medical marvels

April 15, 2009

part 1: inspired by soup
a couple of months ago, i was having a typical phone conversation with my sister: we were both cooking at the time (in our respective apartments about 30 miles apart), and rambling on about all sorts of random topics to pass the time as things were simmered and chopped. the subject of asparagus came up, probably because one of us was roasting some.

i mentioned offhandedly that i hated how pee smelled after eating it, because we are sisters and have no problem talking about such things. i was shocked — SHOCKED! — at her response, “yeah, i’ve heard people say that, but i have no idea what you are talking about.”

at first, i thought she was probably just incredibly unobservant (neither of us typically win prizes in that category), or that maybe she just flushed more quickly. i had assumed that everyone who ate asparagus had the same bathroom experience that i did! but a little bit of internet research revealed that actually, not everyone who eats asparagus produces malodorous urine, and furthermore, not everyone has the olfactory capabilities to smell it. i have yet to smell her pee to help place her into either (or both!) of the ‘non-producer’ and/or ‘nonsmelling’ categories, but i’m sure it will happen sooner or later.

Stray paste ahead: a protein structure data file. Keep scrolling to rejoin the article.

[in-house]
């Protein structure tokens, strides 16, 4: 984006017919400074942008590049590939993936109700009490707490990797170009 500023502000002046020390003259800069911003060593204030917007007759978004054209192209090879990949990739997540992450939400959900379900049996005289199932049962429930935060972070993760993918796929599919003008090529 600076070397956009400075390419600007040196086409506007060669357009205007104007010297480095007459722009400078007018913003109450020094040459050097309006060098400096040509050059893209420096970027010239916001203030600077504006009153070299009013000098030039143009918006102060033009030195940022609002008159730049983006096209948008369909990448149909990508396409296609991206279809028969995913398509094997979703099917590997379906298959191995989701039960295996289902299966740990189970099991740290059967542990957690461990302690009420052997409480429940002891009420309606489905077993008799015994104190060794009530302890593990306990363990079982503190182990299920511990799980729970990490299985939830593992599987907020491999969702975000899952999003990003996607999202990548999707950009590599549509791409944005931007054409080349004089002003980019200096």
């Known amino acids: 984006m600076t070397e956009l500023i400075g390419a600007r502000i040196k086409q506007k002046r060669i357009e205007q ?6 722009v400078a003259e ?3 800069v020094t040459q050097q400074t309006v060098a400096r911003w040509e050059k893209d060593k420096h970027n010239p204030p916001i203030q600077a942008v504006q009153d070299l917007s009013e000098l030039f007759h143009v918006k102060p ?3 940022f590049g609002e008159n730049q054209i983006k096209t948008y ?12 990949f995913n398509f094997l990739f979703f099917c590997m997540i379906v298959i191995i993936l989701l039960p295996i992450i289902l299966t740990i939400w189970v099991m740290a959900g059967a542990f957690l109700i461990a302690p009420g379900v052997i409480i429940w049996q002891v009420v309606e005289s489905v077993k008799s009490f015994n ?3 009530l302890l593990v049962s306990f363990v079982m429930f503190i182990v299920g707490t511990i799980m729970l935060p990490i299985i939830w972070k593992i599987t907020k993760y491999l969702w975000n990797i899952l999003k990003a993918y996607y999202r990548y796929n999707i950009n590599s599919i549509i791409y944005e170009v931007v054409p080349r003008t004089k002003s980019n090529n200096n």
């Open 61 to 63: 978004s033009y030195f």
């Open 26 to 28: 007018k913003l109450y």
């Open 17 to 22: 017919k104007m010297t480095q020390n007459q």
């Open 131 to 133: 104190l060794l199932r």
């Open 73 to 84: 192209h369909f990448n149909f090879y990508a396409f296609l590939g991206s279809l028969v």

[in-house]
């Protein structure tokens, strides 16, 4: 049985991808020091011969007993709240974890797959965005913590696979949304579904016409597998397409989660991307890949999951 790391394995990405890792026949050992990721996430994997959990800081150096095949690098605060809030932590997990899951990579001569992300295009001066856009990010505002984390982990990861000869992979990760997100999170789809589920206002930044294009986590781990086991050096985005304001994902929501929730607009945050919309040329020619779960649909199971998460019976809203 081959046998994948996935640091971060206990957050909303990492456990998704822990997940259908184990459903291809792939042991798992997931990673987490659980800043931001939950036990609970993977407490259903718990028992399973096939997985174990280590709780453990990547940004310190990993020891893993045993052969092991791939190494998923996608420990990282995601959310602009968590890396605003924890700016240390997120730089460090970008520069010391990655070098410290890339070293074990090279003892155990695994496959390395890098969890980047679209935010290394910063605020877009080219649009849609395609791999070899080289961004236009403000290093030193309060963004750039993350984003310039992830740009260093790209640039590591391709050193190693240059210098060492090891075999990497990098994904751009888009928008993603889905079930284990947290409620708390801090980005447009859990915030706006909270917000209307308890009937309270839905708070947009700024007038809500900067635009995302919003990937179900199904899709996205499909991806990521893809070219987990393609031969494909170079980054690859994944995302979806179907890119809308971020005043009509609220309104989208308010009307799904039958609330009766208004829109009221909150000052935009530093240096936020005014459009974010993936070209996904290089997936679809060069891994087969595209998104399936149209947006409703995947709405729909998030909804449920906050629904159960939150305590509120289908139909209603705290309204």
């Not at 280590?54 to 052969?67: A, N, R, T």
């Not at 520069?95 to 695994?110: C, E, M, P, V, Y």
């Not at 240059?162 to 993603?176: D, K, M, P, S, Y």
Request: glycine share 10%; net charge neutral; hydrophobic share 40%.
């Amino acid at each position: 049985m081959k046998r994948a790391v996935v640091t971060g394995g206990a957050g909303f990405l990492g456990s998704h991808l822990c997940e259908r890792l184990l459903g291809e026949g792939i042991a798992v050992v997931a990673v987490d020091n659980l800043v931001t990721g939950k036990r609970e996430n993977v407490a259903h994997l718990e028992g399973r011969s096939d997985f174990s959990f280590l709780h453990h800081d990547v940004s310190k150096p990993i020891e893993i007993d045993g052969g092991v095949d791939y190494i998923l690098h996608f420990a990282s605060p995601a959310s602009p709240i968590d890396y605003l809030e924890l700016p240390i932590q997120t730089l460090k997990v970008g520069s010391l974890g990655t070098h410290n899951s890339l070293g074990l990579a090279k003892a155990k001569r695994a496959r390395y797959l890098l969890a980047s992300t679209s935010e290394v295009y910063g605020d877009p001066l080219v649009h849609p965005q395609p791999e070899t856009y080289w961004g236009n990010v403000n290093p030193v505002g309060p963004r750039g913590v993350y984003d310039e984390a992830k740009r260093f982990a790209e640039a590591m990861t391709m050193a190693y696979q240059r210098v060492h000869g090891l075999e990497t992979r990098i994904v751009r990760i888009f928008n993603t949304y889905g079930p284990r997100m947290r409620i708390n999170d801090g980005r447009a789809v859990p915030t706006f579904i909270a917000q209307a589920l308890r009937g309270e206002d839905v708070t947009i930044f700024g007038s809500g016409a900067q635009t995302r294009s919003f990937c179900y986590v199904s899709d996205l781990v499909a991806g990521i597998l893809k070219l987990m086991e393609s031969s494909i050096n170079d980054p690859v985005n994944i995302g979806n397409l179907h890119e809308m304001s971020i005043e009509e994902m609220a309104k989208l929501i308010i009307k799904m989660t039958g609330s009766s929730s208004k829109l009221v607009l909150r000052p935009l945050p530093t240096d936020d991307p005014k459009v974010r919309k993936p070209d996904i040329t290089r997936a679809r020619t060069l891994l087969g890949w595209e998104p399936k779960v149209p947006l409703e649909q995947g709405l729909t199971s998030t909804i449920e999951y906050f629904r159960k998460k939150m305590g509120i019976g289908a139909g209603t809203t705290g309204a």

apparently, i am not the only one who thinks this is at least somewhat fascinating. this morning, i came across an entire scientific review article by a UK author (in an actual, peer-reviewed journal) on the effects of asparagus (and beets!) in urine.
from Drug Metabolism and Disposition, 29(4), 2001:

below are 2 excerpts from the article:

excreters vs. nonexcreters
perhaps the brits have no reason to converse on the subject, but because i am gauche and improper (at least with my sister), i was able to make this discovery prior to reading about it!

according to the article, between 40-50% of brits in one study were excreters.

complicating matters: perceivers and nonperceivers
this makes things much more interesting! if you yourself have never detected the odor in your urine, aren’t you curious about which category or categories you fall into?

obviously, i am an excreter/perceiver. and proud of it!